I am a writer, author, TV presenter, documentary maker, and former barrister.

It probably sounds as if I do a lot of very different things but there is a theme that threads through everything I do: trying to make sense of the injustice and unfairness I see in the world around me.

At a young age, I had to make sense of the ways in which people racialised me - a mixed-race, black girl with an African name and a middle class upbringing - while at the same time claiming that they “did not see race”. I had to work out for myself the history of where those ideas came from, and why, even though that history has shaped our world in so many profound ways, we address it rarely and with only the most selective approach.

I was born in 1981 - (which makes me a millennial by about six months!) - and grew up in Wimbledon. You might know it for its lawn tennis tournament and its quintessentially English village culture. For me it became a testing ground for my observations about the divisions in modern Britain. London is one of the most diverse cities on earth, but the privileged, hillside enclave where I was growing up, was almost exclusively white.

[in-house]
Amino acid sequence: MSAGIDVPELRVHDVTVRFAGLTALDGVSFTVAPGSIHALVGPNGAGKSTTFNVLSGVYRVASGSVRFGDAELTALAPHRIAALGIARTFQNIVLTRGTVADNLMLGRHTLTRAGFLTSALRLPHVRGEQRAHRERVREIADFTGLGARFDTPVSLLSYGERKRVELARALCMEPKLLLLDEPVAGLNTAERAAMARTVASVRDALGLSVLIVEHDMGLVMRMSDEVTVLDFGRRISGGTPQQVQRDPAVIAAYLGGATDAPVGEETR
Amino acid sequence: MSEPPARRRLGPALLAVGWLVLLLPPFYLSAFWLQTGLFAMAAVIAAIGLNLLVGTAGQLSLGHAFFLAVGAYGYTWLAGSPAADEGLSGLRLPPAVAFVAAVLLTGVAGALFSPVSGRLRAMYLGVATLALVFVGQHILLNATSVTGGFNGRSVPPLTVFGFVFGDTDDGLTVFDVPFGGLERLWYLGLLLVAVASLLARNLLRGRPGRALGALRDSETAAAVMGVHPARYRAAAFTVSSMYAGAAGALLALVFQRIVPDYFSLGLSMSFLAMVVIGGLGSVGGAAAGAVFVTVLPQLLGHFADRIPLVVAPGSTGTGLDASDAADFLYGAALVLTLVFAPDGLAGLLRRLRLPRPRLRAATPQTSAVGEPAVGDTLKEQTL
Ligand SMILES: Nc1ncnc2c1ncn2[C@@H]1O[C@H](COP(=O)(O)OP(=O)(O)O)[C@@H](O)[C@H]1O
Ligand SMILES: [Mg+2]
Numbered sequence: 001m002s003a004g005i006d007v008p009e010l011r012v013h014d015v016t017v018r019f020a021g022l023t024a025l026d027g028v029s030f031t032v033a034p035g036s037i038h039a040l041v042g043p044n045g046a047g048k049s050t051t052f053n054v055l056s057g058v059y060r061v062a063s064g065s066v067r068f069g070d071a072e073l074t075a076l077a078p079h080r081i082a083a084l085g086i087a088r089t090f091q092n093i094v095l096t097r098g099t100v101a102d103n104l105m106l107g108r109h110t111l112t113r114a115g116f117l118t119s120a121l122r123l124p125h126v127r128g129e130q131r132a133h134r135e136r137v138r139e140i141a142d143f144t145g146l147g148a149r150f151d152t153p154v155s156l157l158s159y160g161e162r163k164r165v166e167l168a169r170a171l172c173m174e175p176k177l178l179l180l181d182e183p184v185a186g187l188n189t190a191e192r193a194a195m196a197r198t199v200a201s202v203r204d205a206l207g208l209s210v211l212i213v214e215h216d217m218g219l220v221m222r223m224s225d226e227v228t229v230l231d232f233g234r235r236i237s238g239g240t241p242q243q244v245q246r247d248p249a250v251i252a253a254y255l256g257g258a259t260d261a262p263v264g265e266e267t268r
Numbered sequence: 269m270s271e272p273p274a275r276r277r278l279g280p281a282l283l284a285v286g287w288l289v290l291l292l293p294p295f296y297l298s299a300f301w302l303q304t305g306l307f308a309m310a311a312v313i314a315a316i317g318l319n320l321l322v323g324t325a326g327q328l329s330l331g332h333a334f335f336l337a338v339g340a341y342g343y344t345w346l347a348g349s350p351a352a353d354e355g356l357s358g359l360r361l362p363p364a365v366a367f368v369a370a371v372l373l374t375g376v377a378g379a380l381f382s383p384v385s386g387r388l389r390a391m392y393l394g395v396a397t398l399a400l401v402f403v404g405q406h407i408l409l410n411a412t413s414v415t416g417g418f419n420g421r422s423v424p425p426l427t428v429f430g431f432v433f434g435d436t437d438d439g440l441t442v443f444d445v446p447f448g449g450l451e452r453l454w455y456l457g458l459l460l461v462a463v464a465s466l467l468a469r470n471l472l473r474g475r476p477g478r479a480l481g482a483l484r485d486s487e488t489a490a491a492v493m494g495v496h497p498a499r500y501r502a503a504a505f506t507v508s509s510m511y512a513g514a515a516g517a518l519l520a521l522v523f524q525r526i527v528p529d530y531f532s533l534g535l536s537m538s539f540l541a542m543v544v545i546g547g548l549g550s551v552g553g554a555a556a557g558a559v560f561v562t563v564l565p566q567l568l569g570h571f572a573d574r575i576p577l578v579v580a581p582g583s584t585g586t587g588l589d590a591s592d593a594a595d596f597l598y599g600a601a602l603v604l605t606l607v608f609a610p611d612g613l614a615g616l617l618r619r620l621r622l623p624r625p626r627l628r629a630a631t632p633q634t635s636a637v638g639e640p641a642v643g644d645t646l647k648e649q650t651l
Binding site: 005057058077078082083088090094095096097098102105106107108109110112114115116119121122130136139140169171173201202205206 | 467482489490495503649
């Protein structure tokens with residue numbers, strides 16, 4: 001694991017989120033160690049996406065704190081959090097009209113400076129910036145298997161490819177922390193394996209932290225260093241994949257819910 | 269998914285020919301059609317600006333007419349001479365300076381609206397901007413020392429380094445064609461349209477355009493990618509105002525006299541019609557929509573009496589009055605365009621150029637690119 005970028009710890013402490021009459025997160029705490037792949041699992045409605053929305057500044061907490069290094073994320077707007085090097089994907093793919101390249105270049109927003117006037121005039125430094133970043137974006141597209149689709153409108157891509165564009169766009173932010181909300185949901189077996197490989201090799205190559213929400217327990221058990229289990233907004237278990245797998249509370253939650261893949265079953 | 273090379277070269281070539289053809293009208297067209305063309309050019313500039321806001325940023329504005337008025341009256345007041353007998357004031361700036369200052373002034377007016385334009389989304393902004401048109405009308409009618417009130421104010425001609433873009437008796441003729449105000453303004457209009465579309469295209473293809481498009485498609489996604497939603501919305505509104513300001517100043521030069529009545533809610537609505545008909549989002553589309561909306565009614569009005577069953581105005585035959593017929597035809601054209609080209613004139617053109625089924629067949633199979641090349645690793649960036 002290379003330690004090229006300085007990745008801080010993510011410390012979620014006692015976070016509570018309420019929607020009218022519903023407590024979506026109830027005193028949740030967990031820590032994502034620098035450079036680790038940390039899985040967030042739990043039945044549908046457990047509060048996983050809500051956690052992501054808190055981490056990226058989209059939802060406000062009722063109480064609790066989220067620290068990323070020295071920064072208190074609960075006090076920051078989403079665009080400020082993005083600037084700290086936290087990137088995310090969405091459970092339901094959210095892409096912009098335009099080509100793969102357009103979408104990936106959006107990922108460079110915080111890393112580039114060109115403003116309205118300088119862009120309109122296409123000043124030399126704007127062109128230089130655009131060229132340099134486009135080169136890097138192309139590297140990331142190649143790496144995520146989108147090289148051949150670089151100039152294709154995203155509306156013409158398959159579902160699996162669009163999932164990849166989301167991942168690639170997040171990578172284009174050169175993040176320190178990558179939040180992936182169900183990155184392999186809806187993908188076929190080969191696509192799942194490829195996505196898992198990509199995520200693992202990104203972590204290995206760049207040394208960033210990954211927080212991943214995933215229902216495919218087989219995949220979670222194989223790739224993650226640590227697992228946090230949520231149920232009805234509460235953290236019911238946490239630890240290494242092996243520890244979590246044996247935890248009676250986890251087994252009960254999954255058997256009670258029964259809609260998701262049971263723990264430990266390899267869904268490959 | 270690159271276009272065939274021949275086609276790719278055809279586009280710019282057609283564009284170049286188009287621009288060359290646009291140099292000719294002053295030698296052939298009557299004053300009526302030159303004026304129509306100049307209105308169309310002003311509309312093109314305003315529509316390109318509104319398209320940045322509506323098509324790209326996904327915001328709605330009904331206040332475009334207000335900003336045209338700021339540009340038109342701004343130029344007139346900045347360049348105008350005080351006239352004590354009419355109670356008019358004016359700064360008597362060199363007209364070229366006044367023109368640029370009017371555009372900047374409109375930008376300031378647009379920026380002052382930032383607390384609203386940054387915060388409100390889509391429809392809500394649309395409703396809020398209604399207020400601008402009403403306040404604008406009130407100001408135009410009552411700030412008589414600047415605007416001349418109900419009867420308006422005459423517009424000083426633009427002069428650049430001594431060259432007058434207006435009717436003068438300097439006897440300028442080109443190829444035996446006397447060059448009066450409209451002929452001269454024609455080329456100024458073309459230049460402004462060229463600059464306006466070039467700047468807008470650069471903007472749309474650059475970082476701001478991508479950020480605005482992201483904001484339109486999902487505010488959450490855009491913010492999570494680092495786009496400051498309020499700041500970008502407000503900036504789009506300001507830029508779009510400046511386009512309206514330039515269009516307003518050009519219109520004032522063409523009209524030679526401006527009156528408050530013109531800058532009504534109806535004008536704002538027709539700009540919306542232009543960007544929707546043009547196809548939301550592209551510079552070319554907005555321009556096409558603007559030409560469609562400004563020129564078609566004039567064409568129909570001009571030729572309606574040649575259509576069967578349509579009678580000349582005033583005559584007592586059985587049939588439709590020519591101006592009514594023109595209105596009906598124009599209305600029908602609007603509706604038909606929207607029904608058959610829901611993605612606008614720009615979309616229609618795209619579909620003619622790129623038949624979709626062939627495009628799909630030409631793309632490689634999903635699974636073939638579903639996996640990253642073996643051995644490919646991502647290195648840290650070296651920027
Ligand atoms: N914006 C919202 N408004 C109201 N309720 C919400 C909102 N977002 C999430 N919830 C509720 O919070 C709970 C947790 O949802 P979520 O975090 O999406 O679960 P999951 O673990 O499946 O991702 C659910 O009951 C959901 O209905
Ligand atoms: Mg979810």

I wondered why, having a family that was so proud of its Ghanaian heritage, the media portrayed the African continent as a backwards place of violence and poverty. How could we feel comfortable regarding Africa as inherently poor when this country was still enjoying centuries of African wealth - after building Britain on African physical, intellectual and mineral resources?

And why, as a teenager, did I feel the pressure of an image that girls like me were hyper sexual? Why did the black boys I know begin to be criminalised and harassed by the police, or excluded from school? 

These experiences and narratives affected our daily experience, our relationships with our country, our future, our very identity, and yet, most of the people in my environment remained oblivious. I lived an almost double life, reading global black revolutionaries like Marcus Garvey and Malcolm X, black British scholarship from intellectuals like Paul Gilroy and Stuart Hall, and then interacting with people - people who in some cases even consider themselves the educated elite - who were totally ignorant about how the blatant historical, and racial injustice in our society shaped all of our lives.